PROMOTING EDUCATION & AWARENESS OF LONG-TERM GRIEF COMPLICATIONS
In evaluating the origins of CG/PCBD/PGD, it is important to bear in mind that this is a “hybrid” disorder concerning maladaptive grief, the specific criteria for which can be traced back to several schools of thought regarding its essential nature and distinguishing features (Julie Kaplow et al 2014). These schools of thought include “pathological grief” (Mardi Horowitz et al 1993), “prolonged grief disorder” (Holly Prigerson et al 2009), and “complicated grief” (Katherine Shear et al 2011).
On this website the conditions being outlined above are referred to throughout as 'Complicated Grief' (CG), 'Persistent Complex Bereavement Disorder' (PCBD) and 'Prolonged Grief Disorder' (PGD). This is the manner in which they have been described and are currently being described according to the Diagnostic and Statistical Manual of Mental Disorders (DSM), up to and including the latest 5th Edition (DSM-V).
There is an entry for ‘Complicated Grief’ in DSM-IV, whereas this is referred to as ‘Persistent Complex Bereavement Disorder’ in DSM-V (there is no entry for ‘Complicated Grief’ in DSM-V). The choice to include PCBD as an appendix disorder in DSM-V is an acknowledgement of the important contributions made to date by prolific researchers in helping to map out the general landscape of grief and in identifying indicators of bereavement-related pathology (Julie Kaplow et al 2014).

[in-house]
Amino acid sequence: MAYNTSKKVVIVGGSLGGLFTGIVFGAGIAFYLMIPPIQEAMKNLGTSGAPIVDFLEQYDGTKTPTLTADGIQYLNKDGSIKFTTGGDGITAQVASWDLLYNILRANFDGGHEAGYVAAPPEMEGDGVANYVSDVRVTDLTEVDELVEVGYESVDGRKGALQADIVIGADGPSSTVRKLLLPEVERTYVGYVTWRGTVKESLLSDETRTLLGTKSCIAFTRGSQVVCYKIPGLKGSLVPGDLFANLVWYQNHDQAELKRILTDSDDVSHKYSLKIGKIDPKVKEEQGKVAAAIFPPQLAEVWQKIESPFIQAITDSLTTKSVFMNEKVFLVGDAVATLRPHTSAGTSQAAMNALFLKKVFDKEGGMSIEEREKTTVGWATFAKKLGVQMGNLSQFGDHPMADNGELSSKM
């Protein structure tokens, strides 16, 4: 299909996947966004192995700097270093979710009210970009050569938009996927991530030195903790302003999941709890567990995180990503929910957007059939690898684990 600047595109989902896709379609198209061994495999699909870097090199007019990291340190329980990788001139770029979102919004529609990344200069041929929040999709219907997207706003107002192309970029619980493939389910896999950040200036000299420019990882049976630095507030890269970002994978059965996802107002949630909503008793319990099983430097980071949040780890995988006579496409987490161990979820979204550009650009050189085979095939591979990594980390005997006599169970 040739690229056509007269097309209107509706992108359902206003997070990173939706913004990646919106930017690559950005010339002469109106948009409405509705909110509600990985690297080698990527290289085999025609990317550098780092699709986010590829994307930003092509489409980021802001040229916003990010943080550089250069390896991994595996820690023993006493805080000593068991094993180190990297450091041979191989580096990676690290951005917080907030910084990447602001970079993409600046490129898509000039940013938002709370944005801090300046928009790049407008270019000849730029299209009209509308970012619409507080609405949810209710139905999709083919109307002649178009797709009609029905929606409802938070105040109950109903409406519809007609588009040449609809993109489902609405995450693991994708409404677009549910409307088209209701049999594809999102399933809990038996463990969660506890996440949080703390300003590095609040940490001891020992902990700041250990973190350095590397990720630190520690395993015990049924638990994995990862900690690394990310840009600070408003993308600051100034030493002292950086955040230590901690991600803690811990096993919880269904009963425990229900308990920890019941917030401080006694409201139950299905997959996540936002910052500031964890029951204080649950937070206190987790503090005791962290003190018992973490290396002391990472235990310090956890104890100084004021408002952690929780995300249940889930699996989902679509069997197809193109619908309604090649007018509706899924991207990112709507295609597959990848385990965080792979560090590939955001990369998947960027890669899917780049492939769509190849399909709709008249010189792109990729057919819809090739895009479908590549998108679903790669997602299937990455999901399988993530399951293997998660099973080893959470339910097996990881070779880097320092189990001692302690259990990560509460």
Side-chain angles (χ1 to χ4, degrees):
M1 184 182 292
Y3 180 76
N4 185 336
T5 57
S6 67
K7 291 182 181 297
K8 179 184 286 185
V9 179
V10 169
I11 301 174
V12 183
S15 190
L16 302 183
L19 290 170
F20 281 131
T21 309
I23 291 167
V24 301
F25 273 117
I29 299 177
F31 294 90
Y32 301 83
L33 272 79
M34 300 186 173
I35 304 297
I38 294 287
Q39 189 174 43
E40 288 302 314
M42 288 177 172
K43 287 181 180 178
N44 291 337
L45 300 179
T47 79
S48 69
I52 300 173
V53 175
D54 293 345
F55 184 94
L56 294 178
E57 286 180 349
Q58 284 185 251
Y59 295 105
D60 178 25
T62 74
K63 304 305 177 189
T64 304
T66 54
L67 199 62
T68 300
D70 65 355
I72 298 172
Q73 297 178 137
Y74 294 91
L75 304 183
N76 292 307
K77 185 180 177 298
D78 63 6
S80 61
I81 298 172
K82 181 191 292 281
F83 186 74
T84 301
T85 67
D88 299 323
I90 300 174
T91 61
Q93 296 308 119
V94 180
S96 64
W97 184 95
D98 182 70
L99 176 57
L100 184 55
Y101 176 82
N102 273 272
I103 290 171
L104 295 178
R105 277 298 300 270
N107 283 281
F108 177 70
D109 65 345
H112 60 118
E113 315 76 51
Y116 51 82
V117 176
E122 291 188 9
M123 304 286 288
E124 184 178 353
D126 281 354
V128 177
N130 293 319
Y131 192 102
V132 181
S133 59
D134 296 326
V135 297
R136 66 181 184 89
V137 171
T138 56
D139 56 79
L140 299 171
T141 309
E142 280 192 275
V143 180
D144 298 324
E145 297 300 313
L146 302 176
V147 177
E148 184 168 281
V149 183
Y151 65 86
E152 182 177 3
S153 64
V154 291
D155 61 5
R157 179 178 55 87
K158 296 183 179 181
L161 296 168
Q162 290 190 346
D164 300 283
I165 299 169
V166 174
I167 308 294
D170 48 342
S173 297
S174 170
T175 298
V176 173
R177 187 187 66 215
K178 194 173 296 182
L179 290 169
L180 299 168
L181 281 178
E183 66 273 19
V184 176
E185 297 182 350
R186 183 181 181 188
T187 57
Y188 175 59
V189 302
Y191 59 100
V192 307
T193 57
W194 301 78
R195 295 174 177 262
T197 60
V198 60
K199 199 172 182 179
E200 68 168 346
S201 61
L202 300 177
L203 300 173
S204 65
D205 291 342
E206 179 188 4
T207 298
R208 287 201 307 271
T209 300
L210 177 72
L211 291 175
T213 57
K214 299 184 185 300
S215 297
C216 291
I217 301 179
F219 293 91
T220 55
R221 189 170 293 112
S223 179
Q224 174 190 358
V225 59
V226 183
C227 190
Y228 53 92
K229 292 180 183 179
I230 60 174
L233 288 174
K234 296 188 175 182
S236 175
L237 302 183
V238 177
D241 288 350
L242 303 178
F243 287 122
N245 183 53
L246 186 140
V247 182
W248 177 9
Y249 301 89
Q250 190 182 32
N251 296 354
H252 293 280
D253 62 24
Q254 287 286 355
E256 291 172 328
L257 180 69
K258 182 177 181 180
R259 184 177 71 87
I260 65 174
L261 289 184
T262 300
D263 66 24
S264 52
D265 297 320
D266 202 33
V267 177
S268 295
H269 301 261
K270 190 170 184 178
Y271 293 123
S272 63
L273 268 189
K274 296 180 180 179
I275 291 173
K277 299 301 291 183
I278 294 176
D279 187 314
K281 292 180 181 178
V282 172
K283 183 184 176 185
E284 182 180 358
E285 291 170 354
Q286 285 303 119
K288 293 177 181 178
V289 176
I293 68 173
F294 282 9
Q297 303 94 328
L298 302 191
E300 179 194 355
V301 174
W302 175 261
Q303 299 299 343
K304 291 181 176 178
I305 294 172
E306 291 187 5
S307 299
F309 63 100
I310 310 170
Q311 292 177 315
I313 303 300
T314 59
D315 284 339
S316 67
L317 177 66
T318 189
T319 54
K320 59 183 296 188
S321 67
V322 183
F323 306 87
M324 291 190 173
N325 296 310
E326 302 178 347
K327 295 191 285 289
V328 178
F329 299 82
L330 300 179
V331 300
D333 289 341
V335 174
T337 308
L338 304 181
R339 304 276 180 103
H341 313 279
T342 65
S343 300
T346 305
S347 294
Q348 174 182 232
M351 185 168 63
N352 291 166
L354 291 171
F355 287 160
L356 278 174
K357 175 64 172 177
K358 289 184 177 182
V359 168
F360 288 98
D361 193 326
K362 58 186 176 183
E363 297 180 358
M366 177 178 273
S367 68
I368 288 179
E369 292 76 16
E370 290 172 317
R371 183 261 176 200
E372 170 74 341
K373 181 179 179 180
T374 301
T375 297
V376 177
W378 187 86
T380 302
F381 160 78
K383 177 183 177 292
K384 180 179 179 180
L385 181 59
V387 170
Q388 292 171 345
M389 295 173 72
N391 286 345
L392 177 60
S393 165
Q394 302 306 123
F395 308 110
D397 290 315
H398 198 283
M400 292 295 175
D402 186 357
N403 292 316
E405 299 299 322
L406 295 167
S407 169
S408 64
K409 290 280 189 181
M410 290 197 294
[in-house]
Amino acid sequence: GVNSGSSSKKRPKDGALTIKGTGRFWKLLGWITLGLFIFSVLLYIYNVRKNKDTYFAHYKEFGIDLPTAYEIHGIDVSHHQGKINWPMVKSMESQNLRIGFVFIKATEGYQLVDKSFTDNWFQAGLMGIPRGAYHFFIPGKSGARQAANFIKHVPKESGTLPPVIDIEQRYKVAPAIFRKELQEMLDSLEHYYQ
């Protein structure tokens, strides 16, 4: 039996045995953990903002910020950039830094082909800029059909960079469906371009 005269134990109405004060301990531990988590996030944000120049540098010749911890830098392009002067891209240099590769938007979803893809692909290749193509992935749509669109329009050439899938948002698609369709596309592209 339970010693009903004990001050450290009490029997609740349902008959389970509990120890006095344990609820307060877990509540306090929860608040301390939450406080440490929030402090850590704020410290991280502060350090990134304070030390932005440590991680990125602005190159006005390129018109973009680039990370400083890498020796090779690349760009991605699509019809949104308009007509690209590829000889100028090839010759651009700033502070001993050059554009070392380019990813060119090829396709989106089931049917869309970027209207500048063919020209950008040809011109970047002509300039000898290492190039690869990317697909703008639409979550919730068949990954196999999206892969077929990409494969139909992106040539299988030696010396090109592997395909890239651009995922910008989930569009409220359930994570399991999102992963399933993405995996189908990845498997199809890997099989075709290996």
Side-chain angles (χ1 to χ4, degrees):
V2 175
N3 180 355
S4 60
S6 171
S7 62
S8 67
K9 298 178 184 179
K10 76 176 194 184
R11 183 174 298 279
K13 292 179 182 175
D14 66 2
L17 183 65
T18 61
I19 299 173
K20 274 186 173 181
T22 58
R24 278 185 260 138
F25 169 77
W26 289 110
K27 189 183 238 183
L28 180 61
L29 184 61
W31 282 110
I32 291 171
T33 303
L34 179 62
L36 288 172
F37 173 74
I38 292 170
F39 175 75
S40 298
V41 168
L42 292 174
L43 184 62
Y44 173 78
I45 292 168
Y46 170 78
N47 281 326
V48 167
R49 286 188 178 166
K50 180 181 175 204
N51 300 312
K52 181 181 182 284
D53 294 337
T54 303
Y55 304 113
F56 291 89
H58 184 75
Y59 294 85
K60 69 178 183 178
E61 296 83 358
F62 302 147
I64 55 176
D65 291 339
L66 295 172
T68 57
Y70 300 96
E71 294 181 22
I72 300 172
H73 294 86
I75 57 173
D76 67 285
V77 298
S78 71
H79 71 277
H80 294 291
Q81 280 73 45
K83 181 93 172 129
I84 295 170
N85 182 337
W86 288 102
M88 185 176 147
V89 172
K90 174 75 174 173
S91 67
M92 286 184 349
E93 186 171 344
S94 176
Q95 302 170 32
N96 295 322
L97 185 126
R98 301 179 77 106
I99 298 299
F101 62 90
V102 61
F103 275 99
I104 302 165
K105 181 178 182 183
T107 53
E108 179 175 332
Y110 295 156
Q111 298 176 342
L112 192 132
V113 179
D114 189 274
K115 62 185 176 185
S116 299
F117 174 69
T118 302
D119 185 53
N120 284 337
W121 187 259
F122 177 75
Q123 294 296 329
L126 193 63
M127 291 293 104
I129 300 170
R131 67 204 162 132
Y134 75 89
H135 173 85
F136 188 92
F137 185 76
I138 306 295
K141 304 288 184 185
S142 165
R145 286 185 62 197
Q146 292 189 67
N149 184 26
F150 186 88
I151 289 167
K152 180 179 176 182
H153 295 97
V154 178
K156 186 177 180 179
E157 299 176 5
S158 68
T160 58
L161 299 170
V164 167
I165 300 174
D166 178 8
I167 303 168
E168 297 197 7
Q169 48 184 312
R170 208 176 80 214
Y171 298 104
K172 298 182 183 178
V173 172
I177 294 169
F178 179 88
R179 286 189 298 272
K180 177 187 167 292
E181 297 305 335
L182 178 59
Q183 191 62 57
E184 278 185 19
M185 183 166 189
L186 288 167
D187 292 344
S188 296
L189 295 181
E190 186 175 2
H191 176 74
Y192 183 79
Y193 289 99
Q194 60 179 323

Instead of adopting the name of any previously studied grief construct (e.g. complicated grief, prolonged grief disorder, patholgical grief) a new name - 'Persistent Complex Bereavement Disorder' - was selected for the disorder. In outlining 'conditions for further study', the DSM is thereby inviting further research that can be used to more carefully delineate the syndrome (Kenneth Doka 2017).
In addition to the DSM, the World Health Organisation's (WHO) International Classification of Diseases (ICD) is a particularly useful manual. It's related to, though distinct from, the DSM. While the DSM is essentially a product of American psychiatry, the ICD is broader both in authorship and scope as it recognises all diseases and conditions, not just mental disorders (Jonathan Raskin 2018).
The latest version of the ICD (ICD-XI) has included 'Prolonged Grief Disorder' (PGD) as a new category for severe, enduring grief. ICD does not require a specified number of symptoms but rather provides “diagnostic guidance that is sufficiently flexible to allow for cultural variation and clinical judgment” (Geoffrey Reed 2010).
This is a particularly significant development and is likely to provide a great impetus for research and treatment development for bereaved persons suffering with protracted grief (Maarten Eisma & Lonneke Lenferink 2018).
First introduced in 1952 by the American Psychological Association (APA), the Diagnostic and Statistical Manual of Mental Disorders (DSM) offers a common language and standard criteria for the classification of mental disorders. It is now in its fifth edition - DSM-V - published in 2013.